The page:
Now I don’t know about you but I just love the serenity of the desert, the dry heat, the Bedouins and camels, that sense of being immersed in the ancient stories of 1001 Arabian Nights. I find it all quite mesmerising and magical. Sadly, our time in Ras Al Khaimah was too brief to attend the Friday morning camel racing, the spectacular wadi bashing or a trip to a Bedouin village. It was also too short to explore the capital, by the same name, Ras Al Khaimah, the souks, museums and historical monuments, although I am sure they would have had much of interest to offer. I refer anyone who may think of visiting RAK to www.rasalkhaimahtourism.com.
Reached by a four minute ferry ride, our beach resort was small, simple with luxurious touches, and ideal for relaxation, despite the almost incessant noises of the water sports motor craft from neighbouring hotels. The accommodation was extremely well appointed with an extra large four poster bed, a seating area and TV, a generous bathroom with shower and spoily Banyan Tree products, a deep sunken outdoor bath, an outdoor shower too, free bottled water, a coffee machine, fruit bowl and the usual minibar. The buffet breakfast in the restaurant overlooking the water, offered an excellent choice of food, including a most wonderful tropical fresh fruit salad, bircher muesli, dairy, soy milk or yoghurt, savoury dishes, pastries, honey and preserves. Twice we ate dinner there, sitting outside on the decking with romantic table lights and waves gently lapping on the shore. Service was a little slow but very friendly, the menu tempting, the food good, although not always exactly as described, and some of the portions very small. On one occasion the tuna turned out not to be seared but cooked through and the promised Parmesan ice cream which would have given the grilled palm heart salad an otherwise lacking element of surprise, was altogether missing. However, the Vietnamese salmon Ca Song, the watermelon and duck salad, the Seafood Platter, the roasted chicken with lemon garlic and sweet potato chips and the grilled rock lobster were quite divine, while the Hamachi Ceviche was a little too creamy and lacked citrus tartness. Still, the management took our little niggles on board and very generously did not charge for those dishes we had small issue with. Our third and final evening, we spent at the Beach Resort’s sister hotel inland, the Banyan Tree Al Wadi, www.banyantree.com, We arrived after a 20 minute drive, as the surrounding sunset was turning the dunes pink and just in time to enjoy a cool sundowner on the roof terrace, overlooking the enchanting desert landscape. Where the beach resort is casual and supremely laid-back, this hotel is much larger, more formal and imposing, with oversized doors and columns, courtyards, water features, much marble and has the air of a glamorous desert palace. It’s website describes it perfectly: “Be whirled away upon a magical journey across desert plains with true Arabian nights, desert adventure, Middle Eastern fauna and nomadic romance. Step into a privileged sanctuary at Wadi Khadeja. An oasis of peace awaits you at Banyan Tree Al Wadi, the United Arab Emirates’ first desert resort to offer an all-pool villa concept with integrated facilities comprising Asian-inspired hydrotherapy spa facilities, dedicated nature reserve where you interact with Arabian gazelles, camels and oryxes, 18-hole championship golf course and access to Banyan Tree’s private Ras Al Khaimah Beach. A jewel amidst the endless sandscape, the resort is set against the waters of the Arabian Gulf and magnificent Al Hajjar Mountains, offering you the surreal aura of desert romance”.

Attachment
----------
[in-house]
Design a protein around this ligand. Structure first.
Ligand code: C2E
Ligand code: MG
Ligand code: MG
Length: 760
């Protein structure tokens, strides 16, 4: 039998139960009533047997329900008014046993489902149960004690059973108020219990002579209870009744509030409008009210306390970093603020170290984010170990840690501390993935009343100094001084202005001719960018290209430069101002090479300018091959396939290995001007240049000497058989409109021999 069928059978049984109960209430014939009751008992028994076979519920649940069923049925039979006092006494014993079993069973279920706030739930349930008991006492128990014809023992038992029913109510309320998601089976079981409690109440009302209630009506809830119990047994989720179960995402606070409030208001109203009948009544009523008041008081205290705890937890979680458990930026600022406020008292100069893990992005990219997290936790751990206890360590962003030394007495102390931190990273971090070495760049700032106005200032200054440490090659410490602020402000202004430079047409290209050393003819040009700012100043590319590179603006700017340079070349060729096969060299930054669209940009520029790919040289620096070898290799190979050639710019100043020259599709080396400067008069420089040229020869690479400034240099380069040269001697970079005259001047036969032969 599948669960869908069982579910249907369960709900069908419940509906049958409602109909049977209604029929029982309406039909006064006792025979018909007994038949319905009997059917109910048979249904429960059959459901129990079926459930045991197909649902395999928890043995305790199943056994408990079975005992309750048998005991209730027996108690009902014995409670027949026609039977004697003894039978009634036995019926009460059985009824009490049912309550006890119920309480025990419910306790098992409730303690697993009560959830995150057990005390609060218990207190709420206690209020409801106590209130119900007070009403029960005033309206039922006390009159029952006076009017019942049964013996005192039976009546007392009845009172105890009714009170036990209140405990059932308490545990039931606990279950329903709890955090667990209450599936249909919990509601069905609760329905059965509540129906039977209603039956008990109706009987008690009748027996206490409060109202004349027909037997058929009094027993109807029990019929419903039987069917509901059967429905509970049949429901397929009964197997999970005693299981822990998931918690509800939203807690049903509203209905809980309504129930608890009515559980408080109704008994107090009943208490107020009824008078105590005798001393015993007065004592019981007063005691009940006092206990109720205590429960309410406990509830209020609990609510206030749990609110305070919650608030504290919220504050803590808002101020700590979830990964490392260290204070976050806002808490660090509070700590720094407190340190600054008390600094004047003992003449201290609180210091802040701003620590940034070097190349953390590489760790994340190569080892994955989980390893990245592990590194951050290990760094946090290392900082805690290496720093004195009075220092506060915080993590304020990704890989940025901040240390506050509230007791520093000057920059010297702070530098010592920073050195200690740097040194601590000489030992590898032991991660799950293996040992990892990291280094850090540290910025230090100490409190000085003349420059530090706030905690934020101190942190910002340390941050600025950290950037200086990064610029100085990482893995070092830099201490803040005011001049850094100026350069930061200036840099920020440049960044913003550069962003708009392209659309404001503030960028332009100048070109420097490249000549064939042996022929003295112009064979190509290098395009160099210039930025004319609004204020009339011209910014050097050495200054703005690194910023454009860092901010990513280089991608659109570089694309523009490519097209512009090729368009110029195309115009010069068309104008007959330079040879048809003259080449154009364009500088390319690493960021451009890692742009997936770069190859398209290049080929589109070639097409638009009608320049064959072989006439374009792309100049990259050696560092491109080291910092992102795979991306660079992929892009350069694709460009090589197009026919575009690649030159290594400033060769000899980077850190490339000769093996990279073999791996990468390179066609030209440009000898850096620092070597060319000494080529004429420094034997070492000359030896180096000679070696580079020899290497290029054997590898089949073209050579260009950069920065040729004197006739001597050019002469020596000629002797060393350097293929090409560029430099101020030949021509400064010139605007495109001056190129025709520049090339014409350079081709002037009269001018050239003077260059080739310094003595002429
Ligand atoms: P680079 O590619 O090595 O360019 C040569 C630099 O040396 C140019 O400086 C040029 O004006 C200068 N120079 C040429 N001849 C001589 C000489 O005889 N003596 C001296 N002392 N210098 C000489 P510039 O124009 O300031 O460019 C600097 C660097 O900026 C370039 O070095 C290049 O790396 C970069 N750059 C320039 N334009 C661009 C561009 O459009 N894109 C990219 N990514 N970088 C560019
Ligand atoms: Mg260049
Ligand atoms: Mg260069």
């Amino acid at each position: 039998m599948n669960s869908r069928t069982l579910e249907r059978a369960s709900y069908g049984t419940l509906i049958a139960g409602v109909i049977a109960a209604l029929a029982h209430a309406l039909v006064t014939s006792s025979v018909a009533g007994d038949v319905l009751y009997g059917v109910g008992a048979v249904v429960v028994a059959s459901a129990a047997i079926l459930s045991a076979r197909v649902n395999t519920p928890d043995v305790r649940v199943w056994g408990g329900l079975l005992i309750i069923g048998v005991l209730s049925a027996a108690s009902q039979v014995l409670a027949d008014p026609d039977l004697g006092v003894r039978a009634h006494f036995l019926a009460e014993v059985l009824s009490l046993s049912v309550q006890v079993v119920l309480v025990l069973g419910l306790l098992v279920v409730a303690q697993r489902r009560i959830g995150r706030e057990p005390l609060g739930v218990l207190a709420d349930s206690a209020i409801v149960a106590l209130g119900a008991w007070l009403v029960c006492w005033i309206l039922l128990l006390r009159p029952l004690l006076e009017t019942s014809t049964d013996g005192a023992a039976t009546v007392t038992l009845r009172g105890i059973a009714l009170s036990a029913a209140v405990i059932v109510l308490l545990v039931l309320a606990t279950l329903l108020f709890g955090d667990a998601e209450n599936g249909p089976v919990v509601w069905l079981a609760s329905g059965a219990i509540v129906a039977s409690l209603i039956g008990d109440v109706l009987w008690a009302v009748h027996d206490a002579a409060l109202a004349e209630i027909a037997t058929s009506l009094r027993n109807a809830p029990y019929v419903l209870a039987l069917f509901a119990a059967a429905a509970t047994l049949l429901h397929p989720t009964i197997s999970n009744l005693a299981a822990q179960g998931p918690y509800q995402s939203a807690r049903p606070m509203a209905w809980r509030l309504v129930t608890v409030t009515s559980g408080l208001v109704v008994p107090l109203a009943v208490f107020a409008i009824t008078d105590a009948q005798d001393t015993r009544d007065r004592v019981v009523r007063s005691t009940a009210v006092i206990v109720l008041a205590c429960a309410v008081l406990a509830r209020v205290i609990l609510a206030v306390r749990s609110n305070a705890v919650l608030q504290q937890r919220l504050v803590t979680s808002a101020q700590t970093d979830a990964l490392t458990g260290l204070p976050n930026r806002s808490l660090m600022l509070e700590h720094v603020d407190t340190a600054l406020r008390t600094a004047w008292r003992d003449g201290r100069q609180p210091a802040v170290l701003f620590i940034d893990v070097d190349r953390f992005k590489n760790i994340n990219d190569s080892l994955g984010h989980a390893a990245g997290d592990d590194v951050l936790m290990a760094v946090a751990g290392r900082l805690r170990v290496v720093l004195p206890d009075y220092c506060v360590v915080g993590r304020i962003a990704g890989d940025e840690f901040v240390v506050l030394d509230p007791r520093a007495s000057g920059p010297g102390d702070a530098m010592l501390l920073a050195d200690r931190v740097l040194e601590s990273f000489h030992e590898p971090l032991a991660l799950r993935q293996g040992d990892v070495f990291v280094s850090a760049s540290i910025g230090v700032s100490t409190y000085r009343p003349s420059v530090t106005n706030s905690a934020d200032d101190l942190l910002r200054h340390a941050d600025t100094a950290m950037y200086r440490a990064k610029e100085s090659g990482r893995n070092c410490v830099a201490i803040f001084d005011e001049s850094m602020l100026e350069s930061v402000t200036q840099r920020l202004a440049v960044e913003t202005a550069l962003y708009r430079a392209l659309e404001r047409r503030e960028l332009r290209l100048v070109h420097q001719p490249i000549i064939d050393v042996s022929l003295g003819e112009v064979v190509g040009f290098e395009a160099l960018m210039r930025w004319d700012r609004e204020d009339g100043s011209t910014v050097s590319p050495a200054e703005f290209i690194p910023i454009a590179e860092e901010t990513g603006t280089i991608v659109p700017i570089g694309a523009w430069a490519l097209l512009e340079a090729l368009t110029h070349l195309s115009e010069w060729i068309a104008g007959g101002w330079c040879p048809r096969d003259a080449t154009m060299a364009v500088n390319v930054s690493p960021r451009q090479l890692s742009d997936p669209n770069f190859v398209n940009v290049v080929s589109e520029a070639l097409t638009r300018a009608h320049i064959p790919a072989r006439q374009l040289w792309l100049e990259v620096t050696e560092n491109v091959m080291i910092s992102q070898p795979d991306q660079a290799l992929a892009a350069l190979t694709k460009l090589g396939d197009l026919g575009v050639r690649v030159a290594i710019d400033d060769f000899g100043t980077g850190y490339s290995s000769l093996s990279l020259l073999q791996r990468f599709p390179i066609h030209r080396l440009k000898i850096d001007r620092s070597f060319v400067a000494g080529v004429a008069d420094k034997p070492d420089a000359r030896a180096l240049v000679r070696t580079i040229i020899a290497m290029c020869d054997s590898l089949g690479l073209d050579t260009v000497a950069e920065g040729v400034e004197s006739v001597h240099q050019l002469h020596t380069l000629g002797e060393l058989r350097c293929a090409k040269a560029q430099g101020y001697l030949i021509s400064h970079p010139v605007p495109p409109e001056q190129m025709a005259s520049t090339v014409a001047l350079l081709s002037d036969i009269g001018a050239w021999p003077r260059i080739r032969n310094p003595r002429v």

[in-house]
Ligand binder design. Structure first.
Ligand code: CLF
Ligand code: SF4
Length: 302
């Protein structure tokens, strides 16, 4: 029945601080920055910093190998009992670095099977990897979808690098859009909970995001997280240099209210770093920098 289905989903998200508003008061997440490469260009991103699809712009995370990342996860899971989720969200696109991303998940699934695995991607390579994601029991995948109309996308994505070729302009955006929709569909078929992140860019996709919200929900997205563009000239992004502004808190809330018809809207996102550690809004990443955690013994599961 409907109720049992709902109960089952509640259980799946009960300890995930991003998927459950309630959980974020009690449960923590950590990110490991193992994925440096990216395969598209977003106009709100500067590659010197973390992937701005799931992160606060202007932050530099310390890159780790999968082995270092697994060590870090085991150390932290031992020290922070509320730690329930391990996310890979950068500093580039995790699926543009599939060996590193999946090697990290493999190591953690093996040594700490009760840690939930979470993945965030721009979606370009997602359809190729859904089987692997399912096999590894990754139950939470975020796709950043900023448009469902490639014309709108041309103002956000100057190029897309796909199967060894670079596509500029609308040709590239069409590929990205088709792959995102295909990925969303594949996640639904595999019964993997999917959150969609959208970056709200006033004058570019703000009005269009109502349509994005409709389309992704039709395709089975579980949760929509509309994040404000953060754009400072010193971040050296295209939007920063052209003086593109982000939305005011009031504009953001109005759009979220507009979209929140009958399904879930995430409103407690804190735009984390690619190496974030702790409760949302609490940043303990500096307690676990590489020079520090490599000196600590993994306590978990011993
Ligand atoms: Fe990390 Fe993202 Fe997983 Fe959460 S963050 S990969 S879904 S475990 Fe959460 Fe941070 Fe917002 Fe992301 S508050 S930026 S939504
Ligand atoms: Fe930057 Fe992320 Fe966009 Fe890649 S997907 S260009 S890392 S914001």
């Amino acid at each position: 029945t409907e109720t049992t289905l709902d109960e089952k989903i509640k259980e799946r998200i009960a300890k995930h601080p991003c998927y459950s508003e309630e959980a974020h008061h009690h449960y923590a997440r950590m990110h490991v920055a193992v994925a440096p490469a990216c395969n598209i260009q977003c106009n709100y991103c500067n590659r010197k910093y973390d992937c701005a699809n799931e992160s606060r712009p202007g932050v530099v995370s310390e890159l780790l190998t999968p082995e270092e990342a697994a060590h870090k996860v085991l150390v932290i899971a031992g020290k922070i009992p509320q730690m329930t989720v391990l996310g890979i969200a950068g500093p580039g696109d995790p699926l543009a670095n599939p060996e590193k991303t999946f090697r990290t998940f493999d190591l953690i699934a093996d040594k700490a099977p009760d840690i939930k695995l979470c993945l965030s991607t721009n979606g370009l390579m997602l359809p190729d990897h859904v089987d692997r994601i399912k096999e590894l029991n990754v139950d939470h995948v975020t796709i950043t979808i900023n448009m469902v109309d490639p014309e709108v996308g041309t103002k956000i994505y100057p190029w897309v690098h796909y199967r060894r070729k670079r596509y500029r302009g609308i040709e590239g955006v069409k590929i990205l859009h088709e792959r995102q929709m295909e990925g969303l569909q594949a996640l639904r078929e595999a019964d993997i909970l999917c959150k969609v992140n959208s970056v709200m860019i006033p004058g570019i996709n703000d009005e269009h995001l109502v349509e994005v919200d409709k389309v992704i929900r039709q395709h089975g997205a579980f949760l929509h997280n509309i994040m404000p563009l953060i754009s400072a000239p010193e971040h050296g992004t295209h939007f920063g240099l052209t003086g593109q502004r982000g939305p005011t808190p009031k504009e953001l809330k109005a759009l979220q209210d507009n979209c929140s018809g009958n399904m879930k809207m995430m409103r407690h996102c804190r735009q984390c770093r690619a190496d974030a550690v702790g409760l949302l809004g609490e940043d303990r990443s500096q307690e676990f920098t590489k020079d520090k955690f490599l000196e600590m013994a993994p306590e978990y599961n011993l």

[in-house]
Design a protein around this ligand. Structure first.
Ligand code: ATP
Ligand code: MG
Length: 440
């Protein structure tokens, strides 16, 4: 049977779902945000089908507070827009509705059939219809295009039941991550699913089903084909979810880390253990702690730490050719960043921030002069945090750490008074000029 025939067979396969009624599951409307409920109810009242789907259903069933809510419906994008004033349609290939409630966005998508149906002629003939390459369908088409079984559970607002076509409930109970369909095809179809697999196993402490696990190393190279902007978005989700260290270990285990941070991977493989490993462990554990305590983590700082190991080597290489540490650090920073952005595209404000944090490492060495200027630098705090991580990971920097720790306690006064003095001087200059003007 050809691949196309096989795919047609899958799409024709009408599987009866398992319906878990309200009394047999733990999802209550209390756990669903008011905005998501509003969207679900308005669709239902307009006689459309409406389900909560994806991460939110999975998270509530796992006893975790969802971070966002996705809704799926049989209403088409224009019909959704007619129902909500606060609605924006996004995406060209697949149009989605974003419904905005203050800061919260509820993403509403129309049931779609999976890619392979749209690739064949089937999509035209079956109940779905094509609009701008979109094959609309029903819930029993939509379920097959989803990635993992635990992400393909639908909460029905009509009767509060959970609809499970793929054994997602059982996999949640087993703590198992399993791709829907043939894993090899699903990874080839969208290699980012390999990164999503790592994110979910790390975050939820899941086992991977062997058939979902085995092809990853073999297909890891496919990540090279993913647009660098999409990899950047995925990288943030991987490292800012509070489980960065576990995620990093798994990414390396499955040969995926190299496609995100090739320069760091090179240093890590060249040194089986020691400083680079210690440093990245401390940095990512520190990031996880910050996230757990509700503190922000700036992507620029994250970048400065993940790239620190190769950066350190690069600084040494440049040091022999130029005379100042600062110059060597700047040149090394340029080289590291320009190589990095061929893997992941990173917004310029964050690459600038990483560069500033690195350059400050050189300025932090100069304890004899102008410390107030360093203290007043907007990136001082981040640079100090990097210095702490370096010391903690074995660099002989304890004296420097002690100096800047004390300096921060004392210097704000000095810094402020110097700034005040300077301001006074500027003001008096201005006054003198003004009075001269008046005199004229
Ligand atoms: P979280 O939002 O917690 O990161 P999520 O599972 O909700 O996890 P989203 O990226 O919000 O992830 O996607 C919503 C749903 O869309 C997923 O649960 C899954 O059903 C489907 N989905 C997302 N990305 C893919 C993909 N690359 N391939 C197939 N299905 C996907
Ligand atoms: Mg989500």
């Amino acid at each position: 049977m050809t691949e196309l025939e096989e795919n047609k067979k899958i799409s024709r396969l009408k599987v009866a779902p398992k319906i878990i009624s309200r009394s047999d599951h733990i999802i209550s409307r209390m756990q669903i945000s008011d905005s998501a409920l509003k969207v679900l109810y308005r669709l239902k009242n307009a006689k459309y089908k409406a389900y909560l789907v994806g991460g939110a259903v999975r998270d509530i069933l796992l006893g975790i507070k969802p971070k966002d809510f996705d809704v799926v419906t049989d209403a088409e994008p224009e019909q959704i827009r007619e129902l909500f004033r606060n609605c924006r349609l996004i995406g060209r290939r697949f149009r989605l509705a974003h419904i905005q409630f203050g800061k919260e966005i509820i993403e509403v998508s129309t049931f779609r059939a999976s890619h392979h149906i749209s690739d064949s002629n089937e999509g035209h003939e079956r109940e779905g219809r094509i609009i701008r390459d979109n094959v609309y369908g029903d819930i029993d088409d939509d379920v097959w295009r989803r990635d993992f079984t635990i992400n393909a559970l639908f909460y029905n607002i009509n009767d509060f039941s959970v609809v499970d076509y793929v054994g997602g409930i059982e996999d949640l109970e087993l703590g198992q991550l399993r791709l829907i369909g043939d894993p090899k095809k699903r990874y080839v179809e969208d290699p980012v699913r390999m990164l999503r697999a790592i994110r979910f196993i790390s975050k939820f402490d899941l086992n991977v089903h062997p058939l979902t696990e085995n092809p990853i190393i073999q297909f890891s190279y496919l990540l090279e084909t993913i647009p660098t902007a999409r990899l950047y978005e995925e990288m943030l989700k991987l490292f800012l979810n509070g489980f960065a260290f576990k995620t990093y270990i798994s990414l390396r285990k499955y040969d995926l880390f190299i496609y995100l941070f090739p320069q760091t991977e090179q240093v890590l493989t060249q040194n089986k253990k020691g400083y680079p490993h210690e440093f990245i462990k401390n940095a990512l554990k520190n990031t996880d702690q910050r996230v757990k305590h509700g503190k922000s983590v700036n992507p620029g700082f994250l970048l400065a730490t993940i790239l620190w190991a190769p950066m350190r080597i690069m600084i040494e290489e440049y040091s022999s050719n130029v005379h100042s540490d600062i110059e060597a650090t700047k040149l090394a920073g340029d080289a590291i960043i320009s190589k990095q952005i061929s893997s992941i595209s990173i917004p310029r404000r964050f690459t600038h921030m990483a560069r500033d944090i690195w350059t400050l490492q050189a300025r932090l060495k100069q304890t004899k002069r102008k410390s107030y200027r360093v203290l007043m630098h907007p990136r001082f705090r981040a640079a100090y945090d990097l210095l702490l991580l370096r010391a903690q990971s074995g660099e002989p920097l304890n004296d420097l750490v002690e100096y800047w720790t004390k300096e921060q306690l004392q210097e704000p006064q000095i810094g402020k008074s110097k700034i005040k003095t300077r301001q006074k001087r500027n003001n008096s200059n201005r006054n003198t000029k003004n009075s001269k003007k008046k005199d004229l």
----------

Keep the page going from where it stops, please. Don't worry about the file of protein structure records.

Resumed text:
Our dinner there in one of several restaurants was impressive too. We started with a selection of Arabic meze with hummous, tabbouleh and moutabel and shared a grilled halloumi and watermelon salad. As main courses, we chose butter chicken simmered in tomato gravy, herbs and spices, with steamed rice and Maine lobster ravioli with hazelnut and fennel salad in bouillabaisse, all of which tasted fabulous, apart from the bouillabaisse which was much too salty and therefore, unfortunately, virtually inedible. For pudding we shared Um Ali, a most delicious Middle Eastern sweet treat, which I was first introduced to by a treasured friend of mine, one of Baku’s hostess-with-the-mostests, the charming Egyptian ambassador’s wife.. It’s a kind of creamy Arabic bread pudding with raisins, pistachios or almonds and the perfect, if very calorific, desert dessert .
We returned to a spring-like Baku, warmed up, refreshed and revitalized, after our short holiday in the sun. They say a change is as good as a rest and Ras Al Khaimah certainly ticks all the right boxes for a quick weekend getaway!